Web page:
The Giants had one offensive play for negative yardage Monday night. It was, they said, the happiest play of the game.
Sure, there were others that stood out on both sides of the ball. The stops on third down by the defense. The sacks that came, as they always believed they would, in bunches late in the fourth quarter. The game-winning touchdown early in the fourth quarter on a gutsy fourth-and-goal call from the 3.
But the one that made it all so real, brought it all together, was the final one. The last words spoken by Eli Manning in the huddle before he took a knee. The call that came after Rashad Jennings ran for 25 yards on the play after the two-minute warning.
“Victory,” Manning said. “On one.”
Just like that, the Giants sealed their 21-20 win over the Bengals.
“It’s the best feeling,” Jennings said of that 1-yard loss. “Better than any touchdown we could score.”
For an offense that had to rely on the defense to bail it out for most of this season, to be able to run out the final 3:01 of the game was especially gratifying. For a rushing offense ranked last in the NFL that had not run for 80 yards in five straight games for the first time in recorded team history, to do so on the ground was even more exhilarating.
It was the fourth straight win for the Giants (6-3) and allowed them to keep pace with NFC East-leading Dallas (8-1) while staying ahead of Washington and Philadelphia, which also won on Sunday. The win also pushed the Giants ahead of the Vikings, Saints and Falcons — all of whom lost on Sunday — in the wild-card race. With the next three games against teams currently holding losing records (Chicago, Cleveland and Pittsburgh), the optimism of a first playoff berth since 2011 is becoming more realistic.
It’s the first four-game winning streak for the Giants since 2013 and the first time they have been three games over .500 since they were 8-5 in 2012.
None of it would have happened without Ben McAdoo believing in his offense at the most critical point in the game, going for a touchdown on fourth-and-goal from the 3 early in the fourth quarter while trailing by six points. Some coaches might have kicked the field goal and hoped for another chance to score, but McAdoo decided to put the ball in the hands of Manning and a receiving corps that was without Victor Cruz (ankle) and had let Manning down with a series of drops and bad routes.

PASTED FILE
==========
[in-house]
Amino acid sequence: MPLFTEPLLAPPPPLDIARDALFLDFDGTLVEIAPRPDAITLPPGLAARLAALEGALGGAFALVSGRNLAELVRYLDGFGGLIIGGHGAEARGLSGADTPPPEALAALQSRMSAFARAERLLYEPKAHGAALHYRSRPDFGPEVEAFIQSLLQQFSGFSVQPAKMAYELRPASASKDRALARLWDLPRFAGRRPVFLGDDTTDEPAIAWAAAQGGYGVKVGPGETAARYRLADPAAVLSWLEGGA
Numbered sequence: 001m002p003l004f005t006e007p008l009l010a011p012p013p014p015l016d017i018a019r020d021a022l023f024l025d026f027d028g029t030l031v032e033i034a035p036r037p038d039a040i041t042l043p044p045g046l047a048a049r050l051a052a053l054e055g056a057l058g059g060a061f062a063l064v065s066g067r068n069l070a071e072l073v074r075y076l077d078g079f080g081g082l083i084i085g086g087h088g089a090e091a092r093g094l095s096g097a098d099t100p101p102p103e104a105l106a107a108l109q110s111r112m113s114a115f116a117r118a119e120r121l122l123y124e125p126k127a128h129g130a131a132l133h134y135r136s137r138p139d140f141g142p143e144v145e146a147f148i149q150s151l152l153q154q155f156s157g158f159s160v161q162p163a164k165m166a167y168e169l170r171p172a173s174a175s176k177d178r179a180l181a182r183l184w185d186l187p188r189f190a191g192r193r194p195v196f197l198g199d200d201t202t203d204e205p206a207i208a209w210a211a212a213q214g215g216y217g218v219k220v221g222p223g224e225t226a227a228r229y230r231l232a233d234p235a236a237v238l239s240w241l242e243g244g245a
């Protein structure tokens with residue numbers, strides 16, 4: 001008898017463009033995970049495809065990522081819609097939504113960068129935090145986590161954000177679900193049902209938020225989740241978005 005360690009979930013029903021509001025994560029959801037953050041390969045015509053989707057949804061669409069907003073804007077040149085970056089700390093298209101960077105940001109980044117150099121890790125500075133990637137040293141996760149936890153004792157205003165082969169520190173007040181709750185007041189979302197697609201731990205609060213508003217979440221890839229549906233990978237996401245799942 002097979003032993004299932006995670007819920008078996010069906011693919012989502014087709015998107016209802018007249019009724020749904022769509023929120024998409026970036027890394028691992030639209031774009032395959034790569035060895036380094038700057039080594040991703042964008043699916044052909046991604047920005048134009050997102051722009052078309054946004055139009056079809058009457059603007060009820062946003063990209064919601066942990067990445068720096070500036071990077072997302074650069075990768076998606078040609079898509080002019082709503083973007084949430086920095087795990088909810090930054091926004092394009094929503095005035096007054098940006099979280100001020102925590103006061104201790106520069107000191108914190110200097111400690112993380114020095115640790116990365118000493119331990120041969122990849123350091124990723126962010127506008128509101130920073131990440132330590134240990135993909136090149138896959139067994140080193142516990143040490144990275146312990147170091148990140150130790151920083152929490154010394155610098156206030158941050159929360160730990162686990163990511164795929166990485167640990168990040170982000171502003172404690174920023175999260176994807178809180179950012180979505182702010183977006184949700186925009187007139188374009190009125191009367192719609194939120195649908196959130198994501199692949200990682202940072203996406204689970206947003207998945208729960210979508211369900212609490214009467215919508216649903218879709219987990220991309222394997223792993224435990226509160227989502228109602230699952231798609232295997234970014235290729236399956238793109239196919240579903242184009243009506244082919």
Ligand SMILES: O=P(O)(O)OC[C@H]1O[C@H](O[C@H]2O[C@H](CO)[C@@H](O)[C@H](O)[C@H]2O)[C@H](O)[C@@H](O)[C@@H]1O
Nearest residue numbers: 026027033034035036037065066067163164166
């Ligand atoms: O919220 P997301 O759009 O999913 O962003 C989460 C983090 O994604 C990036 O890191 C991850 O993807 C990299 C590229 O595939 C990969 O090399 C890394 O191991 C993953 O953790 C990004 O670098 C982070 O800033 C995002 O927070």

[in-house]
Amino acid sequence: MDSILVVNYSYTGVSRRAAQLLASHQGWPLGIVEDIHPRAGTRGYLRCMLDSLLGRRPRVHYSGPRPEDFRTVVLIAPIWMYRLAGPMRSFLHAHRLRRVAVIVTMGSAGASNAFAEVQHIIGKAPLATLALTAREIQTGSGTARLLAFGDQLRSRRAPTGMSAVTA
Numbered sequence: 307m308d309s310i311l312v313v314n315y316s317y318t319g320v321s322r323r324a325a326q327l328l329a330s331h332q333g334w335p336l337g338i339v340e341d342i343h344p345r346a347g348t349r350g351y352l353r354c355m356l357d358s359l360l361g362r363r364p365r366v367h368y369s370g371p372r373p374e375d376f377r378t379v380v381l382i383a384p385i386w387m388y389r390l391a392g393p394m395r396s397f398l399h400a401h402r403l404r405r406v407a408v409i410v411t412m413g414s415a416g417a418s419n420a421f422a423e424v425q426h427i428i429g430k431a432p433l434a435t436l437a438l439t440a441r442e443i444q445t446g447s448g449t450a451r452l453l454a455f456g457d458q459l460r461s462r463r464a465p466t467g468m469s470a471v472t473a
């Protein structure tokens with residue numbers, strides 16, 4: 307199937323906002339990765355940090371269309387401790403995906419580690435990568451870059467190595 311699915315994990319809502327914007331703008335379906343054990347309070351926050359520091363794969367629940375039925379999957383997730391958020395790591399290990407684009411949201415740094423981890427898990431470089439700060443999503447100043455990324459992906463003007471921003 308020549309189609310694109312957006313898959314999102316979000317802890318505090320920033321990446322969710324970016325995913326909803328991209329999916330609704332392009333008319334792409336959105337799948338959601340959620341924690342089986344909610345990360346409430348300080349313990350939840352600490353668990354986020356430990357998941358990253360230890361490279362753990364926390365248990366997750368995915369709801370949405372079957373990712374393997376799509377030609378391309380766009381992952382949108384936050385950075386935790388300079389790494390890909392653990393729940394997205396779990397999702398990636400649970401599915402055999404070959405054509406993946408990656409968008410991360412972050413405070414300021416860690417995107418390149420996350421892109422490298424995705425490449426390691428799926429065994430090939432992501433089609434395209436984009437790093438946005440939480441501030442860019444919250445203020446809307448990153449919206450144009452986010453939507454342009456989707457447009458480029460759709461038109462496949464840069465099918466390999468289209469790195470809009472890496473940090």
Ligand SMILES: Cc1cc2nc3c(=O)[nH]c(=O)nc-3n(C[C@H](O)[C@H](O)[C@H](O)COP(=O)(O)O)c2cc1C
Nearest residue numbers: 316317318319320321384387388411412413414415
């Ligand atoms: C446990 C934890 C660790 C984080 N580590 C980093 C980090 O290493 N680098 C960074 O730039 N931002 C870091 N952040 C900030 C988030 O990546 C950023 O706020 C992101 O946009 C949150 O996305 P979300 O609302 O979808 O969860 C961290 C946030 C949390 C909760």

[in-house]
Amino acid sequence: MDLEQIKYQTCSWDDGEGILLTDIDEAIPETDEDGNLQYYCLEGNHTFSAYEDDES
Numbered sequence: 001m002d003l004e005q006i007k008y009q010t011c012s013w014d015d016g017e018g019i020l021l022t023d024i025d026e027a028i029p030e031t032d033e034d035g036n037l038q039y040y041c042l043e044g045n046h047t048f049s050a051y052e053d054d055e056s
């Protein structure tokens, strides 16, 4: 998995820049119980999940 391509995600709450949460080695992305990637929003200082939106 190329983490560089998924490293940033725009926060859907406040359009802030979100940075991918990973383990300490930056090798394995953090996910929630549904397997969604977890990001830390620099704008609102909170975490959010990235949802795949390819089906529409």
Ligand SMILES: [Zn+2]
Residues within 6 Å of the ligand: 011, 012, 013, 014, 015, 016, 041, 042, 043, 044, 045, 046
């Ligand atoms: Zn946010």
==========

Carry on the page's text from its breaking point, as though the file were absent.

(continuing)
This time, though, Manning hit rookie Sterling Shepard for the game-winning touchdown 55 seconds into the fourth quarter. That 21-20 lead held thanks to a defense that registered an interception by Landon Collins with 11:22 left and notched two straight sacks inside four minutes to go.
“Eli and I talked about that exact same play just yesterday,” Shepard said. “The first look that we talked about, that was exactly what I saw. I’m just happy I have a smart quarterback in Eli.”
Shepard had dropped a third-down pass to end the previous drive. The play call at the goal line showed the Giants had not lost faith in the rookie, nor had McAdoo lost faith in the offense.
“We told each other earlier in the drive that it was four-down territory,” center Weston Richburg said. “I think that says a lot about the trust Coach has in us.”
The Bengals (3-5-1) scored 10 points in the first 6:08 of the second half to take a 20-14 lead. Tom Coughlin’s speech upon entering the team’s Ring of Honor at halftime had barely finished echoing through MetLife Stadium when rookie Alex Erickson returned the second-half kickoff 84 yards and the Bengals scored on a 9-yard run by Jeremy Hill two plays later. After a Giants three-and-out, the Bengals added a field goal.
The return and touchdown grabbed momentum from the Giants, who ended the first half by scoring a touchdown and batting down Andy Dalton’s pass in the end zone. Both plays were made by Odell Beckham Jr., who scored with 1:17 left in the second quarter, then lined up at safety for the final play and broke up the potential Hail Mary.
The teams traded touchdowns on their opening possessions but struggled after those initial bursts. Manning was intercepted by Dre Kirkpatrick with 5:13 left in the second quarter and the Bengals took over at the 7 and kicked a field goal for a 10-7 lead. The Giants answered with the Beckham TD on a stop-and-spin move against Adam Jones that was punctuated with a Michael Jackson “Thriller” dance.
For a team that has won six games by a combined 21 points, thriller is quickly becoming part of the weekly lexicon.